Until recently I blithely believed that the interrogative pronoun quis had feminine singular forms cuius (gen.), cui (dat.), quam (acc.), qua (abl.), but that the nominative was quis like the masculine. From Shelmerdine I learned that this is by no means the universal view, and that many books maintain that the feminine forms do not exist in the singular (i.e. one would always use the masculine), but do exist in the plural.

Among those who list feminine singular forms for the interrogative pronoun are: Jones/Sidwell "Reading Latin", Betts "Teach yourself Latin', Kennedy "Latin primer".

Those who deny the existence of the feminine singular include: Shelmerdine, Moreland & Fleischer "Latin: an intensive course"; Gildersleeve and Lodge "Latin grammar"; Bennett "Latin Grammar"; Allen & Greenough "New Latin grammar". Also, both the English-language and German-language Wikipedia articles.

Relative pronouns

As I mentioned in the first paragraph, I actually don't think I have yet read any sources that say that it is correct to use quem as a feminine relative pronoun.

I found this usage called a mistake in a document "Notes from Carthage", by David R. Jordan (aus: Zeitschrift für Papyrologie und Epigraphik 111 (1996) 115–123), which discusses some inscriptions found on curse tablets from the Roman Imperial period:

As is common in magical texts from as early as the 1st century of our era, the intended victim is given maternal lineage [I removed irrelevant notes about Greek spelling errors, which Jordan says may be compared to] mistakes on other curse tablets from Carthage, e.g. [...] quem for quam in the Latin expression of this phrase in 3 below.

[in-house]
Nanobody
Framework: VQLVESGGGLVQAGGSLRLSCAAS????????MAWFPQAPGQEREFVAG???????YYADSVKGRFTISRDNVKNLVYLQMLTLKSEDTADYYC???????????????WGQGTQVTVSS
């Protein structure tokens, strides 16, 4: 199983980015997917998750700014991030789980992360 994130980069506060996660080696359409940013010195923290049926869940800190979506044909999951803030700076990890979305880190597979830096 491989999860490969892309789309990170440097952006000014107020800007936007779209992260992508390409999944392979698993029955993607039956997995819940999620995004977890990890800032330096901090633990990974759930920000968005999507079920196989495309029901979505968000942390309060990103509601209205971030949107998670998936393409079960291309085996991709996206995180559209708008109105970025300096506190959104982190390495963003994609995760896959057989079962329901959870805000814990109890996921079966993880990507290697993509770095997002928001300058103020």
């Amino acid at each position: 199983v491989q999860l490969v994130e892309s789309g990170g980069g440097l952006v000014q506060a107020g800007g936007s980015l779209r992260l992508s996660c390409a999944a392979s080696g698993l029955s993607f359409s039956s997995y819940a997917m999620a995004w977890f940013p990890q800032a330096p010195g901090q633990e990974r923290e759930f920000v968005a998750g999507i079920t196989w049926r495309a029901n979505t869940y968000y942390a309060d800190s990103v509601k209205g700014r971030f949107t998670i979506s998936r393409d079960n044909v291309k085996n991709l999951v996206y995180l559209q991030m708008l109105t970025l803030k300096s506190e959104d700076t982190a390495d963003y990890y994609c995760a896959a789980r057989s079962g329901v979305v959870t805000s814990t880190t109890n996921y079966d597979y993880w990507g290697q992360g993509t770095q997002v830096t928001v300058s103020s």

(p. 119)

After a feminine name in the expression of maternal lineage we expect not quen but a quam. The same mistake in gender occurs on three curse tablets from Hadrumetum, DefixTabAud 264–65 (Victoria, quem peperit sua uulua) and 266 (Vettiam, quem peperit Optata). In formularies the words quem (or quam) peperit were often abbreviated to q p (Jordan 1976), and in fact the abbreviation occurs, unresolved, at 248.6, [Ades]icla, q p Victoria (Carthage); cf. 300(B).2 [S]iluanu[m,] q p uulua (Cirta). Use of a formulary and careless resolution of its q p could explain the mistakes here and in 266.13


13 For quam > quem Jeanneret 1918:79 attempts a phonetic explanation, invoking the early history of the French language. It is striking that from the Hadrumetine curse tablets he is able to cite only one instance of quam>quem (Bonosa quem uobis . . . commendo, DefixTabAud 268.10) in a phrase that is not part of the formula for maternal lineage.

(p. 121)

I realize this is a kind of weird and obscure source for information about Latin relative pronoun usage, and it's not the main topic of the notes, but based on what Jordan says here it seems that the use of quem for a feminine accusative relative pronoun is apparently quite uncommon, not expected, and treated as a mistake, at least in the time period when these tablets are supposed to have been written.

My conclusion would be that "quam", not "quem", is certainly the correct feminine accusative singular relative pronoun.